• Collaborative and cooperative. You want a team player who can share their ideas and experiences with you, their staff, and their peers at your other units. You know why Five Guys sells milkshakes? A franchisee suggested it. The Big Mac was invented by a franchisee. Thousands of people got rich.
  • Positivity. You're going to have bad days, weeks, even months. People who remain positive about their business and the brand are critical for their success and your sanity.
  • Accepts and offers feedback. As the franchisor, it's your job to ensure that all of your franchisees are superlative representatives of your brand. You've supplied the services and materials for them to succeed, but you should be available for advice and to check on how the business is going, especially in the early days.
  • Helpful under pressure. You need people who will support each other and come up with ideas during an inevitable rough patch. When Covid hit, Firehouse Subs suspended royalties to help their franchisees. Franchisees worked with their landlords to defer rent. You have to be the person other people want to work with.

Related: Want to Become a Franchisee? Run Through This Checklist First.

What you don't want

Just as important as finding those exceptional candidates who are committed to following the playbook, being a team player, and adhering to brand standards is avoiding other types of potential franchisees:

  • A single-unit operator. The purpose of franchising is not to buy a job. Someone who is just interested in buying a job should stay in the corporate world. The point of a franchise is to open another and another until you accumulate generational wealth.
  • A tightwad. The adage “Save a penny, lose a dollar,” really applies here. A cheaper location may save on rent but will require a lot more marketing costs. Skimp on paying your employees, and the high turnover and lost productivity will cost you more in the long run. It could even destroy your brand. An extreme, but true example: I once interviewed a potential franchisee for Halal Guys who asked if he really had to serve halal chicken instead of the more affordable generic poultry. (Seriously? It's in the name.) Guess who didn't get the franchise?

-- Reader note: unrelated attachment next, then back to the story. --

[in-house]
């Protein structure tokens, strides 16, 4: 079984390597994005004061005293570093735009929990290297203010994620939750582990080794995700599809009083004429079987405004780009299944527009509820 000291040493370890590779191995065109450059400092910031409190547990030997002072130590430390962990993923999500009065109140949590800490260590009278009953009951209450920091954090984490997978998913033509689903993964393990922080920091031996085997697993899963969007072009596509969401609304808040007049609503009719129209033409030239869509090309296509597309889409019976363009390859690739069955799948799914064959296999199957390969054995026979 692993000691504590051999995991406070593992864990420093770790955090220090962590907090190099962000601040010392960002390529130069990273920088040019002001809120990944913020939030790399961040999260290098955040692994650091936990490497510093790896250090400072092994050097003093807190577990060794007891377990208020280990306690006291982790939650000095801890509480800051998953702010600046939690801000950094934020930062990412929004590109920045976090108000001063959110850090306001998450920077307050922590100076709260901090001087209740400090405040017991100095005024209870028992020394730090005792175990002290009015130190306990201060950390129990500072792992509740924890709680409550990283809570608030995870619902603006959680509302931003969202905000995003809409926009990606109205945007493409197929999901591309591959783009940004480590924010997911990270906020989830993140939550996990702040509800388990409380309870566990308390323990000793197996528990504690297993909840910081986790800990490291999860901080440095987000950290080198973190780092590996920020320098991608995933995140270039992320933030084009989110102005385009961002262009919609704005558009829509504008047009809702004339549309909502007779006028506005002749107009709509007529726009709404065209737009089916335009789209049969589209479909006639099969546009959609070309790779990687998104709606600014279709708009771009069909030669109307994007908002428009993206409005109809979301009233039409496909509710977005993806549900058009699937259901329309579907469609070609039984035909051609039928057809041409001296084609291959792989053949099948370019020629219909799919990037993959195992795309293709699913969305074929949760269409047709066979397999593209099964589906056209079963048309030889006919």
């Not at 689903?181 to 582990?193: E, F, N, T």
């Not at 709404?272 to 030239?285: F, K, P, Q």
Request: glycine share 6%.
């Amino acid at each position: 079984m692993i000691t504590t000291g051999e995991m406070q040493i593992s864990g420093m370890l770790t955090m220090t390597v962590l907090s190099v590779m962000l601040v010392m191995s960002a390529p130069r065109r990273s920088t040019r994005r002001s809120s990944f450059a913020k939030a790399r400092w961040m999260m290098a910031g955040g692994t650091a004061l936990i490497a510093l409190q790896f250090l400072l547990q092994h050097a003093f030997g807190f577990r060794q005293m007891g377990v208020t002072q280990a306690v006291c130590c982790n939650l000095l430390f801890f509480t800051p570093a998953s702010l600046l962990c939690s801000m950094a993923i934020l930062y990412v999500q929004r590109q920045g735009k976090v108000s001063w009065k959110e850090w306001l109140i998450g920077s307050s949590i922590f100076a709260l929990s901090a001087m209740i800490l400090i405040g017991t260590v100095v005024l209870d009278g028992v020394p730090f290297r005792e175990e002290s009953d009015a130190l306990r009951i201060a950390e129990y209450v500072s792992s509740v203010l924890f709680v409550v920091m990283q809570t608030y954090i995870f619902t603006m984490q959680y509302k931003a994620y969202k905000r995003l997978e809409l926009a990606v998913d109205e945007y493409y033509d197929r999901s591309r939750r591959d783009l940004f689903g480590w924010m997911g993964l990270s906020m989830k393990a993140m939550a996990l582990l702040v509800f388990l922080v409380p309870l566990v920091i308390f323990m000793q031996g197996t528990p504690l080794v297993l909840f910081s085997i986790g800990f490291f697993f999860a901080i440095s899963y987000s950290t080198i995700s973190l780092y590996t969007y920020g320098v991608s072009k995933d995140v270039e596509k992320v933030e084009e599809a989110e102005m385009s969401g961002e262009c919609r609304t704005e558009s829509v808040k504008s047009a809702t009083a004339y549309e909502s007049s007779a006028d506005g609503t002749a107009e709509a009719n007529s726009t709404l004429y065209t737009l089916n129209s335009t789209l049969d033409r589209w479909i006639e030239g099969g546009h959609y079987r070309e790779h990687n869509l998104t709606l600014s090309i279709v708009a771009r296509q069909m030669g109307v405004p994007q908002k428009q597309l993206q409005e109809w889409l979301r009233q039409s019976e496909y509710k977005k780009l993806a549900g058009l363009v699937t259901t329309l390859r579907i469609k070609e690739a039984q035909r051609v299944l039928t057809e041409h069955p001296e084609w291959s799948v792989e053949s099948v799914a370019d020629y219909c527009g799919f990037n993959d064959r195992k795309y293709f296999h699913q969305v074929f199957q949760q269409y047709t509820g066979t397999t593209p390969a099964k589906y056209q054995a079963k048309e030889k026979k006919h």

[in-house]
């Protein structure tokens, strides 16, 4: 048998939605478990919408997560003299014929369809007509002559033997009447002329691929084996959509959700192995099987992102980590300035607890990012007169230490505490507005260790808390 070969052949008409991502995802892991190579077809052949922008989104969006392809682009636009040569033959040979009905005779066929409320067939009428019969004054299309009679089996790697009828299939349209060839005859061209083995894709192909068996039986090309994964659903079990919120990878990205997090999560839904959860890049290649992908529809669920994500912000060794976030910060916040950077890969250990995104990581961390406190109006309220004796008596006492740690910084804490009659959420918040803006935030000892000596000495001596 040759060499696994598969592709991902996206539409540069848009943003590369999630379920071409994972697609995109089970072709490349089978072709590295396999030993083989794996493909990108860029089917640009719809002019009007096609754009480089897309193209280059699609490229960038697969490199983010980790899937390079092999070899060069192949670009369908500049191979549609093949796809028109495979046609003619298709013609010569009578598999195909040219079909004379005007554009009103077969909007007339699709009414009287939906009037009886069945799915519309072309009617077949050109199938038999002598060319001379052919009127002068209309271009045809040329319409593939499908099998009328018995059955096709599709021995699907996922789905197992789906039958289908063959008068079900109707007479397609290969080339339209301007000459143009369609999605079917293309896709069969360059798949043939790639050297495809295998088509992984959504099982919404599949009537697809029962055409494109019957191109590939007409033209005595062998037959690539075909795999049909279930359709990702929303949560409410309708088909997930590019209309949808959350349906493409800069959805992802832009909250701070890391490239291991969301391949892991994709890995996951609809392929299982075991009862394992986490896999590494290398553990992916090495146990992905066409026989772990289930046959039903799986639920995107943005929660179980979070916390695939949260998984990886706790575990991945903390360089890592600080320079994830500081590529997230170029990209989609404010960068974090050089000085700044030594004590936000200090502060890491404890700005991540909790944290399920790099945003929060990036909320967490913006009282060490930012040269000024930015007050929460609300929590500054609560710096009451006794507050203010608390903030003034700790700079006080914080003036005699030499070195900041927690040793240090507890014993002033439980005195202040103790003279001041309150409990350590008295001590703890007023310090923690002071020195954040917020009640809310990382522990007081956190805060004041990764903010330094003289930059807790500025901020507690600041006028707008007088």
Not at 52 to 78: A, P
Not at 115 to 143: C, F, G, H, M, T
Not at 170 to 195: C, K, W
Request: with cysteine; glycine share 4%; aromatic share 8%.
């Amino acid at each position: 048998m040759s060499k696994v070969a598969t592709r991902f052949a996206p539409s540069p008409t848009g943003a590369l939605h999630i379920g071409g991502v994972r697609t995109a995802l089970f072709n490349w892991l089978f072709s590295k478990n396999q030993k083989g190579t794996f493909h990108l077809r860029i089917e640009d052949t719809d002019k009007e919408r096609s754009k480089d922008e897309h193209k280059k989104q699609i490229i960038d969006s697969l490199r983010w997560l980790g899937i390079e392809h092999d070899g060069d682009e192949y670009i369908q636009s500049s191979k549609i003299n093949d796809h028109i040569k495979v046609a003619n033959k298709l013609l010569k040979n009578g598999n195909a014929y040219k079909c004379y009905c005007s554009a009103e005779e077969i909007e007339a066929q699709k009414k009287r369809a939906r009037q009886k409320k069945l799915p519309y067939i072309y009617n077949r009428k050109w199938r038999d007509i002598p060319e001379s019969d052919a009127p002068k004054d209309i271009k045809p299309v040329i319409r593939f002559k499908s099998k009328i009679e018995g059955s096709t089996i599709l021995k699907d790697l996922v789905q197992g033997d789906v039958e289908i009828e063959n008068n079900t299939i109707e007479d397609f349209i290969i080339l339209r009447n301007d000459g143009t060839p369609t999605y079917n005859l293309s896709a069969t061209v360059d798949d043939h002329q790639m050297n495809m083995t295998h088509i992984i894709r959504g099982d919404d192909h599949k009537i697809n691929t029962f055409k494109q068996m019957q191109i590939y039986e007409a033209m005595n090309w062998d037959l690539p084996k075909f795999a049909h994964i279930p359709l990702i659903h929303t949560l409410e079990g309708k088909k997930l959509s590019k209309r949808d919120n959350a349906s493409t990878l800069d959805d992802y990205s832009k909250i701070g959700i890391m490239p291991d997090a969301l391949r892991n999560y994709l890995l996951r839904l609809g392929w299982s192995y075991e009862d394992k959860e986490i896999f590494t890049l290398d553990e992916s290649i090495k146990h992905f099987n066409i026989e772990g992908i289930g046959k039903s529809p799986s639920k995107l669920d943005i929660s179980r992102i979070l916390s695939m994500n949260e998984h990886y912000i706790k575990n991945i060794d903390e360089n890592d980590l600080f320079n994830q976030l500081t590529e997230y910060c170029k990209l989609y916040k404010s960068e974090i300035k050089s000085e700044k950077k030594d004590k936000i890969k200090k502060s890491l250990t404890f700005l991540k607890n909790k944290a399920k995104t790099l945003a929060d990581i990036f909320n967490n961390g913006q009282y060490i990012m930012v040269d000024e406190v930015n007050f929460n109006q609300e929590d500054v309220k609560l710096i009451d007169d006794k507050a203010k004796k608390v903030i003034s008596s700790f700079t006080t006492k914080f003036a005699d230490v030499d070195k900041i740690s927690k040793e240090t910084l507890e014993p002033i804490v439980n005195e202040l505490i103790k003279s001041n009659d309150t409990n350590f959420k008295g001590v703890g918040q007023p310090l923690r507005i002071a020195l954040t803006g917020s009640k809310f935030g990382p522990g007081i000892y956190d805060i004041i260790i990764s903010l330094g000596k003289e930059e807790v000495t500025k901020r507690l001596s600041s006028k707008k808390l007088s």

• Someone who doesn't listen. You've developed the system that creates a successful business. People who won't accept your feedback not only sap your time and resources, but also your energy and brand value. The only answer is to terminate when you can.
  • A backstabber. As I mentioned above, you're going to go through a rough patch. But positive people pull together to help each other. In another true story, a franchisor client got wind of a private chat channel among some franchisees who were badmouthing corporate, individuals and more. At the next franchise meeting, he called them out publicly — and then bought them out. We all have to pull in the same direction, otherwise we go nowhere.

It takes time and research to find the right people, but it's the key to building a business that will not only succeed for you, but for the franchisees, and the people they serve.